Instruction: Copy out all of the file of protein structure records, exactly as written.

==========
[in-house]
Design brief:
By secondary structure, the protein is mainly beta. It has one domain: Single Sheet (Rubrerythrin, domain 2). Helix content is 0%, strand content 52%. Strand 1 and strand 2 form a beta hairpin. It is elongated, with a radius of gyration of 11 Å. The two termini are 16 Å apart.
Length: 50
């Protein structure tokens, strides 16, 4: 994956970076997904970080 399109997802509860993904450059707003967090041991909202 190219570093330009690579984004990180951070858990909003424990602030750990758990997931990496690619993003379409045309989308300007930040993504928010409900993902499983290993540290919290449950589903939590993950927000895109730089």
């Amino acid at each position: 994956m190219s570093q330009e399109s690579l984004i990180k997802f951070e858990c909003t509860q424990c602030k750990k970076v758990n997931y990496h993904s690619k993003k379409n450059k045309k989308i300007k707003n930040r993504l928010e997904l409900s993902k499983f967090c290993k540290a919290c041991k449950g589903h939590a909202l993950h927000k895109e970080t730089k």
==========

[in-house]
Design brief:
By secondary structure, the protein is mainly beta. It has one domain: Single Sheet (Rubrerythrin, domain 2). Helix content is 0%, strand content 52%. Strand 1 and strand 2 form a beta hairpin. It is elongated, with a radius of gyration of 11 Å. The two termini are 16 Å apart.
Length: 50
């Protein structure tokens, strides 16, 4: 994956970076997904970080 399109997802509860993904450059707003967090041991909202 190219570093330009690579984004990180951070858990909003424990602030750990758990997931990496690619993003379409045309989308300007930040993504928010409900993902499983290993540290919290449950589903939590993950927000895109730089």
């Amino acid at each position: 994956m190219s570093q330009e399109s690579l984004i990180k997802f951070e858990c909003t509860q424990c602030k750990k970076v758990n997931y990496h993904s690619k993003k379409n450059k045309k989308i300007k707003n930040r993504l928010e997904l409900s993902k499983f967090c290993k540290a919290c041991k449950g589903h939590a909202l993950h927000k895109e970080t730089k």